Little Silver and its neighbors are about to go glitzy for a good cause.
This month residents will mark national Childhood Cancer Awareness Month by painting the borough's businesses gold, all in the name of saving babies, kids and their families from the trials of the disease that organizers say affects one out of every 320 children.
"This is hitting close to home," said Lori Saybolt, who heads the Little Silver Business and Professional Association. "Enough people have young kids affected by pediatric cancer right here in town."
She points to the Daneman and McLoone families whose respedtive daughter and son, Lilly and Jack, were both treated for cancer. Both, now 13 and 15, have been in remission for more than two years.
"It's not something that's rare," Saybolt said.
At her shop, the and at , residents and business owners can pick up event posters and purchase supporter cards, similar to the Multiple Sclerosis sneaker, for $1. According to the Make Some Noise: Cure Kids Cancer Foundation, only three percent of federal dollars going to cancer research go to pediatric cancers, hence the need for private funding.
Throughout the month Little Silver will become progressively more gilded as LSBPA encourages businesses to decorate their windows gold and offer special gold sales to benefit the cause.
Organizer Gerri Daneman, who is vice president of the foundation, told Patch that she knows that not all businesses will be able to give money directly. "We're not telling anyone what to do," she said, adding that she is open to any idea a business owner has about a way to contribute, either by offering supporter cards for purchase or just raising awareness by painting a storefront window gold.
In Little Silver, has the gold ribbon support cards on sale and when customers purchase them, owners Tom and Eileen Caruso will display cards with customers' names. , is also selling the cards along with a raffle for a spa service for all who donate.
This is the first year this area has participated in Paint the Town Gold, and Daneman said, it is an evolving event."I'm really excited," she told Patch on Wednesday.
She won't be asking anyone to paint their house gold, but instead will look to see the awareness ideas grow naturally. So far the event has spread to schools and businesses in Atlantic Highlands, Long Branch, Sea Bright and Ocean Township, where Daneman said to keep your eye out for the gold flags.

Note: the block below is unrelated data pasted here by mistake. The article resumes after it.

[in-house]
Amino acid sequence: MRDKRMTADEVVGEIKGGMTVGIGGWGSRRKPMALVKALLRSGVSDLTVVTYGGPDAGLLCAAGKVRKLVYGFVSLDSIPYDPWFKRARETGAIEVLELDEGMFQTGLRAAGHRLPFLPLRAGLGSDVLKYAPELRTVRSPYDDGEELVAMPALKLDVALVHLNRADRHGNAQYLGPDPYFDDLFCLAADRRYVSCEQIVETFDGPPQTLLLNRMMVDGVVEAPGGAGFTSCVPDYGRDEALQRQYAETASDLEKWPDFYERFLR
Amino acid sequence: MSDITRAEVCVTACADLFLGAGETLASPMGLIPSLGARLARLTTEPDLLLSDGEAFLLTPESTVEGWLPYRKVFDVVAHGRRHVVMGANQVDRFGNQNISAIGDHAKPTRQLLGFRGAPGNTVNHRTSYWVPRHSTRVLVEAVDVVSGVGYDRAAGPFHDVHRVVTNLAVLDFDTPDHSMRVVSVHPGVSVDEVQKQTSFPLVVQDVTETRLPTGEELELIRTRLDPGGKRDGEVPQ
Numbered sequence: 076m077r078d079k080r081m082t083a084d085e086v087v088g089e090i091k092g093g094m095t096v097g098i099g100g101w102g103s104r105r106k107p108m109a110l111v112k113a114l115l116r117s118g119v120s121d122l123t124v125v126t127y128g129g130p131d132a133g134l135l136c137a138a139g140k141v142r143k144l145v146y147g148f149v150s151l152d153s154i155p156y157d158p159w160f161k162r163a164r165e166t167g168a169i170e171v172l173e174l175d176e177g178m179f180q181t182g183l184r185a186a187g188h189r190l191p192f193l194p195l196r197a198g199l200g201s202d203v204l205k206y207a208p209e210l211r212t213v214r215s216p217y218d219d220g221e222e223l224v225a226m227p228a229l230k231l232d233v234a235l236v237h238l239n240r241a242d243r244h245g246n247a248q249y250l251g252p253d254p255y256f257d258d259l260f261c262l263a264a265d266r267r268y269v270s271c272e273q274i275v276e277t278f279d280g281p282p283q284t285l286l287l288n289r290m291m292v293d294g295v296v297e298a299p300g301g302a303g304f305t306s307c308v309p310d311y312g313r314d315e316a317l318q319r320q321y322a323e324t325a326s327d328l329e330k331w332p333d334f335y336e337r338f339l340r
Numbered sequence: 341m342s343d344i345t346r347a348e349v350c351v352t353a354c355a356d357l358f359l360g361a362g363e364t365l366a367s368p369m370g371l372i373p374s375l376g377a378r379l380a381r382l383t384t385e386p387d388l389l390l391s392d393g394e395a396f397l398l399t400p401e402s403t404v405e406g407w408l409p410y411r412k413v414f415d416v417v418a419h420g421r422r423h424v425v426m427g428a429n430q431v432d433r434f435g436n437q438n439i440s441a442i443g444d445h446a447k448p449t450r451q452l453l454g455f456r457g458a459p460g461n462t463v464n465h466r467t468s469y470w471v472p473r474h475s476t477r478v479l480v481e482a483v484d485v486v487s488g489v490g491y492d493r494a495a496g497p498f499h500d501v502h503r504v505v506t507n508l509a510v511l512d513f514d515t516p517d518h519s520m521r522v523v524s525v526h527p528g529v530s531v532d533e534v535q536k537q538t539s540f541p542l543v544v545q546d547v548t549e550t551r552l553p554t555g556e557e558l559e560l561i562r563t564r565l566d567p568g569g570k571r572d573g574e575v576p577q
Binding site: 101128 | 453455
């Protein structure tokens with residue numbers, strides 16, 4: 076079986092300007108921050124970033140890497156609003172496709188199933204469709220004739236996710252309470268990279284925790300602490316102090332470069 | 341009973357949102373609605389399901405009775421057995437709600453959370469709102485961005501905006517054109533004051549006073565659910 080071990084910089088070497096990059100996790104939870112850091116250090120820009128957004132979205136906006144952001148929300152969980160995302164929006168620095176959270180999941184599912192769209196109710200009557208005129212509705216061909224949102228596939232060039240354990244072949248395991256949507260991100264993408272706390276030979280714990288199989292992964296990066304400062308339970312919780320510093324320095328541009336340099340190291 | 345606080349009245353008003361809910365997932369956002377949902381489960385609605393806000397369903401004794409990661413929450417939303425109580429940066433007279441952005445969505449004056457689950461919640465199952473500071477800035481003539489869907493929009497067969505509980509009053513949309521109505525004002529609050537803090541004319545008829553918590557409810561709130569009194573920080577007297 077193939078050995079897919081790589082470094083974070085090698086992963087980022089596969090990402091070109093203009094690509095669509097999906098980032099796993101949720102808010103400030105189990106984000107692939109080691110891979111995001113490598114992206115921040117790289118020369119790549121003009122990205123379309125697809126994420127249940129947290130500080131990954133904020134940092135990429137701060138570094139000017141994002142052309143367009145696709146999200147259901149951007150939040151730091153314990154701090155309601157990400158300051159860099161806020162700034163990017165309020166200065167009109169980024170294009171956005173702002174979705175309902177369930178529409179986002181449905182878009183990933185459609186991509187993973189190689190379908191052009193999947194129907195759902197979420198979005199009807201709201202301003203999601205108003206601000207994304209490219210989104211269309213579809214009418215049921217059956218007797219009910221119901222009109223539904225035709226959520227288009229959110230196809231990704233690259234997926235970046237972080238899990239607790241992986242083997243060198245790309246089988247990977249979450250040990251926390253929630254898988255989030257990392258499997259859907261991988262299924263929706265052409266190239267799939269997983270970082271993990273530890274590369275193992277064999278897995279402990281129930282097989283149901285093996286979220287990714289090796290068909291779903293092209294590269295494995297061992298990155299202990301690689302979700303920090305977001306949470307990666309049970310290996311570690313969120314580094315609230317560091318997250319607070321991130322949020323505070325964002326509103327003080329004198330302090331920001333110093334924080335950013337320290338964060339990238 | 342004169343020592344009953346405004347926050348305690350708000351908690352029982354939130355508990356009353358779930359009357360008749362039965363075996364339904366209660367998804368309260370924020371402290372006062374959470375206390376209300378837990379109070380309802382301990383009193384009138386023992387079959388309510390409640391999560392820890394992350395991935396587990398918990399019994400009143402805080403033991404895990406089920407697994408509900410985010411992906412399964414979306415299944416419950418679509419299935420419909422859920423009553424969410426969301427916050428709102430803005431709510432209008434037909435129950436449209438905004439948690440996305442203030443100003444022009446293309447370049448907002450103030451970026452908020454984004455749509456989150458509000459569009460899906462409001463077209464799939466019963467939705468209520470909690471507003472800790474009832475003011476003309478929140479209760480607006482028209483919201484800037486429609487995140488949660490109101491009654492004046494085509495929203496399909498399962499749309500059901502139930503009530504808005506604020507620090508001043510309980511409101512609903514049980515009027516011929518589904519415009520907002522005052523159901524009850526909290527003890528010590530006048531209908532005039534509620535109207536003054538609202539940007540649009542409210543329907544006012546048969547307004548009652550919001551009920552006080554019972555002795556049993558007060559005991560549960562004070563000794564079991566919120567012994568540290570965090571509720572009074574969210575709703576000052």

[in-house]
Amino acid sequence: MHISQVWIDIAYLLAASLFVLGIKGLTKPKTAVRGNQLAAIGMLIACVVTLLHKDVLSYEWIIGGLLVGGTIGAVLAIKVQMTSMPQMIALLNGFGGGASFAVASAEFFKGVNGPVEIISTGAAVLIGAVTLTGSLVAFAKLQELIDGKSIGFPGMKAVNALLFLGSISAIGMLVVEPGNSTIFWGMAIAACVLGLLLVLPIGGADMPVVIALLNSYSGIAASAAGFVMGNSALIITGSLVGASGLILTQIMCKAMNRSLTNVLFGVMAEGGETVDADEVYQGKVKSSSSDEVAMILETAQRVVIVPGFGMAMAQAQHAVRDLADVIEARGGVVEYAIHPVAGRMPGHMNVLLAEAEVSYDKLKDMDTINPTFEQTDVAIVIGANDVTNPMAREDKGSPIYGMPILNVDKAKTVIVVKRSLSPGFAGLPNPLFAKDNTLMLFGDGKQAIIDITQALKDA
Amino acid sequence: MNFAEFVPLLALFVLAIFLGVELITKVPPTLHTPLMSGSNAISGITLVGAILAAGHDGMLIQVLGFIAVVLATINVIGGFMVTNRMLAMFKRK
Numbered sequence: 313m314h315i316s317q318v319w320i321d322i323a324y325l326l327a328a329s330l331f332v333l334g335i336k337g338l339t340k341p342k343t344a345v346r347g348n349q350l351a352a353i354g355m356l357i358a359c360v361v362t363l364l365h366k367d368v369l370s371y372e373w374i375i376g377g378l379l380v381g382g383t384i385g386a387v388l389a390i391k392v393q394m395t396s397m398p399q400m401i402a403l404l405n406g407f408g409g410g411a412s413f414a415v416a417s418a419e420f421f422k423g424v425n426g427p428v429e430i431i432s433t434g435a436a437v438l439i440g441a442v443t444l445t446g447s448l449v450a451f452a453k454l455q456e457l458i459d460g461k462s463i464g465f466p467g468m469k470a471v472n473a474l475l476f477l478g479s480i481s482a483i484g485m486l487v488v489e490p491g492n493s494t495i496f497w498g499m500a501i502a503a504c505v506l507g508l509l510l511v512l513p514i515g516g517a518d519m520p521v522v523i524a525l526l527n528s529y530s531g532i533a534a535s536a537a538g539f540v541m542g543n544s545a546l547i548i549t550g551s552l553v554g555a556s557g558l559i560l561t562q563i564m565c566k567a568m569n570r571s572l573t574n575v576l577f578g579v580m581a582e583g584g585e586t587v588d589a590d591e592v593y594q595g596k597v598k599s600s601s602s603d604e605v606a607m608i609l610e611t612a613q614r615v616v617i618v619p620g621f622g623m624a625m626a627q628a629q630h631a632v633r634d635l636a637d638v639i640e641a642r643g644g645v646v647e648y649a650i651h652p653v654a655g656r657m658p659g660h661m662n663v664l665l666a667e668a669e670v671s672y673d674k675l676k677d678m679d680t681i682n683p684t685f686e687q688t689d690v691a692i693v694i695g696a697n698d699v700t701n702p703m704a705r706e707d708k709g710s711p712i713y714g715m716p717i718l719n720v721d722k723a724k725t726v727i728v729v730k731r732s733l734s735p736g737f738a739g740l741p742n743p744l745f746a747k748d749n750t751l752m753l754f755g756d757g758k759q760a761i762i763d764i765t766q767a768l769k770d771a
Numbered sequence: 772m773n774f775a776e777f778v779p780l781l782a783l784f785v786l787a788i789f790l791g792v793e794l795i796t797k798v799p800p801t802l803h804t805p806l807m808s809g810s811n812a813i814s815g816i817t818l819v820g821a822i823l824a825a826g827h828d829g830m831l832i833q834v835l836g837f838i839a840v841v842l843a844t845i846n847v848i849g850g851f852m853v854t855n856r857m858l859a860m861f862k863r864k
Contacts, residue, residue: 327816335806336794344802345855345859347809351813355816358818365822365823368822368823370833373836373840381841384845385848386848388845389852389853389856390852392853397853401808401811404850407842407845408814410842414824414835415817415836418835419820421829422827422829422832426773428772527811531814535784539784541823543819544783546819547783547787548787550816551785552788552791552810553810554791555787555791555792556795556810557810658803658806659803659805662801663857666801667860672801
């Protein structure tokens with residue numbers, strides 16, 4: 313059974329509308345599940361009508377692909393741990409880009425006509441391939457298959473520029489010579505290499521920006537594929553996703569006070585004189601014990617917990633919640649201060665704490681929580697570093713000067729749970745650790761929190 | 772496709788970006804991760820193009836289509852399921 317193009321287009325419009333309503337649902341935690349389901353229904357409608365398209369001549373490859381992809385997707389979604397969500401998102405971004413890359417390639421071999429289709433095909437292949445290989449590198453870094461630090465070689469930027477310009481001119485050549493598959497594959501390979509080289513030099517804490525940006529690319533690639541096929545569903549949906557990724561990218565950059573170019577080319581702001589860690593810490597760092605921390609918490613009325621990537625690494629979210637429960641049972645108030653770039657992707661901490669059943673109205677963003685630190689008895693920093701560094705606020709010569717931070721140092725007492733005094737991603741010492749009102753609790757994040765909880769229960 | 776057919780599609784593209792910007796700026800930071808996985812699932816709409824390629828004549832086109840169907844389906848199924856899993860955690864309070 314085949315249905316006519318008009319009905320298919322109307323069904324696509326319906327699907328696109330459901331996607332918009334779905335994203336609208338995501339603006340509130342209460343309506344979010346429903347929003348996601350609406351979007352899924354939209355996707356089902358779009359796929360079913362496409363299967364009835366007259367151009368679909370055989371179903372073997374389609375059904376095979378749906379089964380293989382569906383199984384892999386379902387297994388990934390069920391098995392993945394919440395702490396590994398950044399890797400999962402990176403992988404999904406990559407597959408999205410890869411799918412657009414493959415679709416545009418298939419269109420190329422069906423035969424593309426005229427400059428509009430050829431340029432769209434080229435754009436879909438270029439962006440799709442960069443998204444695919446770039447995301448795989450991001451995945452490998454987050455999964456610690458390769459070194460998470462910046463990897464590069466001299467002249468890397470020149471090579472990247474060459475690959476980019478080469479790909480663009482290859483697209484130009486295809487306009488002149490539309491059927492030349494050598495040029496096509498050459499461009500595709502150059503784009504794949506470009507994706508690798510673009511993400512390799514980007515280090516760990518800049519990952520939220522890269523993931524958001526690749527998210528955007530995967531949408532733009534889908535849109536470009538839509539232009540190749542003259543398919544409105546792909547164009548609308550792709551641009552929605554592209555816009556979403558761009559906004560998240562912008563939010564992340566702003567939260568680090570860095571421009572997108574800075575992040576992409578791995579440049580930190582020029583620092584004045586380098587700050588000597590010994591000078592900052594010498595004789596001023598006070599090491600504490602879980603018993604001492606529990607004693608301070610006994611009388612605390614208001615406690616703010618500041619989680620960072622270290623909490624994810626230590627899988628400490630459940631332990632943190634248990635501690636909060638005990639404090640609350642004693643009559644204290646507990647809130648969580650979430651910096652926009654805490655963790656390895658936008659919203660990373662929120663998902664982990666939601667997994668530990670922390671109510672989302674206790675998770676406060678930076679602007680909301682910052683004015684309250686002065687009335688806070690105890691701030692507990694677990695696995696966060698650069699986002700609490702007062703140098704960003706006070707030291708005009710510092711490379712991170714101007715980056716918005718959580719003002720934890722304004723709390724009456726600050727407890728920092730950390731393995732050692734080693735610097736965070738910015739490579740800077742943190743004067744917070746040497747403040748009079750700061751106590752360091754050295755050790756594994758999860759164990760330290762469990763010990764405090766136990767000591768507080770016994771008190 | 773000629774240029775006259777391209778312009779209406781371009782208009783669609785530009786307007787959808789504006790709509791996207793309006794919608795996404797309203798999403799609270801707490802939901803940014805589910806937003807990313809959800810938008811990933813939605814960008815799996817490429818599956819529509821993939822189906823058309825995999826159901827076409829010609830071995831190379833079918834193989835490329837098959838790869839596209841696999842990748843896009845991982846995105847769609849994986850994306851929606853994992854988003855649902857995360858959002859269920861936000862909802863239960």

Monmouth Medical Center, which treats children with cancer, and the Monmouth Medical Foundation will underwrite the gold banners that will go up on Prospect Avenue on Friday.
The month-long event will culminate on Sept. 28 with a charity dinner auction at Gibbs Hall on the , located on the former Fort Monmouth property. Proceeds from the third annual "Rockin' For Gold" will go toward research for pediatric cancer. will donate a kid's sports car (you know, the kind only someone under three feet tall can "drive") to the auction. is donating the event space. Tickets for the event -- which include golf in the morning, auction and dinner at night, with open bar -- are $100. Brian Kirk and the Jerks will play. For more information, contact Beth McLoone.
This summer, area beach club swim teams got in on the action by hosting their second year of Swimmers Go Gold race nights, which benefited the Make Some Noise.
The Make Some Noise:Cure Kids Cancer Foundation was founded by Malcolm Sutherland-Foggia, a now 13-year-old, who is in remission from bone cancer. Click on the video with this story to hear Malcolm's story and why he wants to Make Some Noise.
The board of Make Some Noise wants to make people aware of many reasons why pediatric cancer deserves some special attention. Here are a few:
- There is no early detection or screening process for pediatric cancer.
- Some pediatric cancers have protocols that are 20-30 years old.
- Surviving isn't the whole battle, 75 percent of kids that make it live long term side effects and handicaps caused by treatment.
To get involved with Paint the Town Gold, e-mail Gerri Daneman.